Tata Power exemplifying the Indian energy transition: IEEFA


With more than 40 GW of existing coal-fired power plants under financial stress in India, Tata Power is seeking to only add new coal-fired power capacity via fire-sale acquisition, at 30%-40% of historical investment. It no longer plans to build new coal-fired power plants. At the same time, under its long-term strategy, the private-sector integrated power company aims to have renewable energy dominate its power capacity build-out.

In a related report by the Institute for Energy Economics and Financial Analysis (IEEFA), Simon Nicholas, co-author and energy finance analyst states that Tata Power’s focus on renewables makes sense given the major energy transformation now occurring.

“The company’s plan, Strategic Intent 2025, calls for up to 70% of new capacity additions to come from solar, wind and hydro through to 2025. This represents a significant departure from the accepted wisdom of just a few years ago that a major expansion of coal-fired power would be required to serve India’s growing electricity demand,” said Nicholas in the IEEFA report titled Tata Power: Renewables to Power Growth.

Mirroring Indian scenario as a whole

The majority of Tata Power’s thermal capacity is now centred on its Mundra coal-fired power plant – one of the biggest power plants in India – which experienced losses reaching US$ 191 million for the first three quarters of FY 2018-19.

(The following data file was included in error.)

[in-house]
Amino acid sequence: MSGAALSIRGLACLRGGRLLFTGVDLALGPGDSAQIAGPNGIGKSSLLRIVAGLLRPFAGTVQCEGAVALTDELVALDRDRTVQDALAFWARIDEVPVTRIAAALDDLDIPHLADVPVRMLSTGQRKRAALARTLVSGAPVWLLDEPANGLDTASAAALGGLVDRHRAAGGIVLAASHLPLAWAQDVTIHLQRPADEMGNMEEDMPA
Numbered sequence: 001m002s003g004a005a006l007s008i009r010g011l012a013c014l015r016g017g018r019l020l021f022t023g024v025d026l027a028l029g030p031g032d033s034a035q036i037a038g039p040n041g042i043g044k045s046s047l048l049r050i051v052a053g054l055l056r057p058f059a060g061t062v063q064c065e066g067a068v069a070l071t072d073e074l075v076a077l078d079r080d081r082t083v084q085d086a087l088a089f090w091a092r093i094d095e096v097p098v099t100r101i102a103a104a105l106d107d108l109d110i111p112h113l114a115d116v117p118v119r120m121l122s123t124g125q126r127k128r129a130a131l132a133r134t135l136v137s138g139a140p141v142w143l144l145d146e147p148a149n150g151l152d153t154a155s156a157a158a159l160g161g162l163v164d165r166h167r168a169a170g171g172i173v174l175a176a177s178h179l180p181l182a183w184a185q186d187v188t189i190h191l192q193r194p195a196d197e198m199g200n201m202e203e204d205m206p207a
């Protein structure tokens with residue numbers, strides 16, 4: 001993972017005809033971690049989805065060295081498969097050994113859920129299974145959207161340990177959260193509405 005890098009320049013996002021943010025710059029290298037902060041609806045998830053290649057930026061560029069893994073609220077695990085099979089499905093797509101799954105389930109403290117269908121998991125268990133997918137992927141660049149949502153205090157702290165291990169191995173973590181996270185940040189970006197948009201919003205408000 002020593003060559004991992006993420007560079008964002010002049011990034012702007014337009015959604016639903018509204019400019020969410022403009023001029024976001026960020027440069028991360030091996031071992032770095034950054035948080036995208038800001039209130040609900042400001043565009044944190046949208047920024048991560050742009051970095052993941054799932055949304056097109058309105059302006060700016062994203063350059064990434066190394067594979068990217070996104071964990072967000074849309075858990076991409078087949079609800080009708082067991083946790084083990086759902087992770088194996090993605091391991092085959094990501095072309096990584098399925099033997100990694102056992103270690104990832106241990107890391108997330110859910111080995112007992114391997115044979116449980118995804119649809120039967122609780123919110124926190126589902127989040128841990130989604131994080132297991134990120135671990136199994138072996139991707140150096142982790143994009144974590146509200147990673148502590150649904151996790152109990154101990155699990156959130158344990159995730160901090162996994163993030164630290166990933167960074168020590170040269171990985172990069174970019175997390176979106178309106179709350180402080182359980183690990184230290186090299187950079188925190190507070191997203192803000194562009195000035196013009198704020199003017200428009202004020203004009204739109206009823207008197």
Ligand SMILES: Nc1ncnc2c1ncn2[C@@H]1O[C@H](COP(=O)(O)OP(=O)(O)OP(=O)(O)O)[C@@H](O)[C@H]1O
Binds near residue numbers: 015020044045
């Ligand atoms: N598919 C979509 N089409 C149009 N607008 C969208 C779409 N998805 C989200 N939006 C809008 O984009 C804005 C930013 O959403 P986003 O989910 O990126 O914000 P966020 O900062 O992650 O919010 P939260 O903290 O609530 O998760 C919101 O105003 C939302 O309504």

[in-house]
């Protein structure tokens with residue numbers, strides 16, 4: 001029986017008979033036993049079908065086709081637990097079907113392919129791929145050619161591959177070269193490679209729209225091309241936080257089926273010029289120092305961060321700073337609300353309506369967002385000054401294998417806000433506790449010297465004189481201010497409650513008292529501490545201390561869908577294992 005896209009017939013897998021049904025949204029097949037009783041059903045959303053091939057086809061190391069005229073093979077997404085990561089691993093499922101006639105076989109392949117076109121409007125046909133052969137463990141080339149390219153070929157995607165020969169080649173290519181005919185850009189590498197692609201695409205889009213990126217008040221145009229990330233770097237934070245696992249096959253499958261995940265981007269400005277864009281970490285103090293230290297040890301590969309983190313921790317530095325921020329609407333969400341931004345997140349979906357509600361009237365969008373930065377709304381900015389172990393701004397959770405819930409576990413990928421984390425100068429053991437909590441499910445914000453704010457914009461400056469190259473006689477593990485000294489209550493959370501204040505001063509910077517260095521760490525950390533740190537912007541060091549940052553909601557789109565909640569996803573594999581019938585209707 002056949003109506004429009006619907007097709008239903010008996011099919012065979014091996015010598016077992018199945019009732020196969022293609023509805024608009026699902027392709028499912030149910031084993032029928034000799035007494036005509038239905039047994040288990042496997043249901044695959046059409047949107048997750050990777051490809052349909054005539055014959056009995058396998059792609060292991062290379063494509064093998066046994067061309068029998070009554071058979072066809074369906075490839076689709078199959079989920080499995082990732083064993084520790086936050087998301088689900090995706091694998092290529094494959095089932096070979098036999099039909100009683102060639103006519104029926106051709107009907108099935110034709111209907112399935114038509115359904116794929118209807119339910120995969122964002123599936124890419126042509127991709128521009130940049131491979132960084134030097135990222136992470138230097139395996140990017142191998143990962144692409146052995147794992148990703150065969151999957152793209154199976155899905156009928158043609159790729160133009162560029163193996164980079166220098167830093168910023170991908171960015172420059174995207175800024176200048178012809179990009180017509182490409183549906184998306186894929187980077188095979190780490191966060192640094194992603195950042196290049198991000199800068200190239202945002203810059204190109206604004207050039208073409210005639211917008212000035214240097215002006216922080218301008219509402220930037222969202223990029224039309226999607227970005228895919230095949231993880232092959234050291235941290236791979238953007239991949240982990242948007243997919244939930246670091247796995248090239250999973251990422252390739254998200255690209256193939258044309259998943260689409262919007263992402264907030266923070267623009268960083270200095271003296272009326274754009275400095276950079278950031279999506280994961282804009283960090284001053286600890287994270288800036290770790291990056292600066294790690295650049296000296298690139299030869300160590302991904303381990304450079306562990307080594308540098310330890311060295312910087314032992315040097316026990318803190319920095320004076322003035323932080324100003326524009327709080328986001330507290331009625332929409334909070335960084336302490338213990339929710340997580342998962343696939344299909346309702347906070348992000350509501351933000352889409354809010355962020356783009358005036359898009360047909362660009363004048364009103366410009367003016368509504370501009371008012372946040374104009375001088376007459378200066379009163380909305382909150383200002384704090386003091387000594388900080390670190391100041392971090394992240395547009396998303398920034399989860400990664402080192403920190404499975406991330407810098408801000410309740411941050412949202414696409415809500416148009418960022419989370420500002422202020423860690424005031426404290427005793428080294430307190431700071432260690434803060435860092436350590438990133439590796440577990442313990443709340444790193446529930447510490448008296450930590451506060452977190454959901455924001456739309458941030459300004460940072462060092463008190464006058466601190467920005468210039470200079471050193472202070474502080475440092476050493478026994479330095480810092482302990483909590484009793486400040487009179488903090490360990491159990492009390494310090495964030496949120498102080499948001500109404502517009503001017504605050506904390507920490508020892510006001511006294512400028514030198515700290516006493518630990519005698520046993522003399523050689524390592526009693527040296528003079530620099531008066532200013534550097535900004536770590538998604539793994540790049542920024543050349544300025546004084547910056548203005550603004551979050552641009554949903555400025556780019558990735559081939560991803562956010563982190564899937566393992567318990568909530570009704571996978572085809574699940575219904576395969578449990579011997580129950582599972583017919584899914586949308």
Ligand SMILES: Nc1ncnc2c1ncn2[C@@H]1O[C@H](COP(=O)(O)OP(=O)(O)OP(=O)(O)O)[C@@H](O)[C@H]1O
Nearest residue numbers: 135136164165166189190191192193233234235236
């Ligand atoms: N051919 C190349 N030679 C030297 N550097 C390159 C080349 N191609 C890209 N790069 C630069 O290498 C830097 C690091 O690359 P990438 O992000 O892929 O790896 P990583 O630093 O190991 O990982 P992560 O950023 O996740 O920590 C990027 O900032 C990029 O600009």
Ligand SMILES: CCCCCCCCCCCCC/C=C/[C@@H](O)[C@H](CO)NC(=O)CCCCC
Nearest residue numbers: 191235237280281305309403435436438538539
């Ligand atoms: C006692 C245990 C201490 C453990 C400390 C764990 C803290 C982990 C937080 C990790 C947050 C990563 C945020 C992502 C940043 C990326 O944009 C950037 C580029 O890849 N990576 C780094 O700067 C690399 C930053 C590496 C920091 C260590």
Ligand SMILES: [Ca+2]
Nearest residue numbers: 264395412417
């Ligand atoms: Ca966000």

“The Mundra plant is recording consistent, significant losses that are dragging down the company’s overall financial performance,” said Nicholas.

Tata Power’s experience at Mundra has helped convince the company to turn away from new coal-fired power.

Tim Buckley, IEEFA’s Director of Energy Finance Studies and co-author of the report, noted that Tata Power’s shift mirrors the transition underway within the Indian power sector as a whole, driven by least cost renewable energy.

“The shift away from new coal-fired power is moving faster than anyone had predicted,” said Buckley. “The current Indian fiscal year has seen net coal-fired power additions come close to ceasing altogether.”

Peak coal-fired power capacity in India is on the horizon, according to the IEEFA analysts, and growing electricity demand will be served by current coal power capacity and rapidly growing renewable energy capacity.

“Tata Power encapsulates this rapid transition,” Buckley said.

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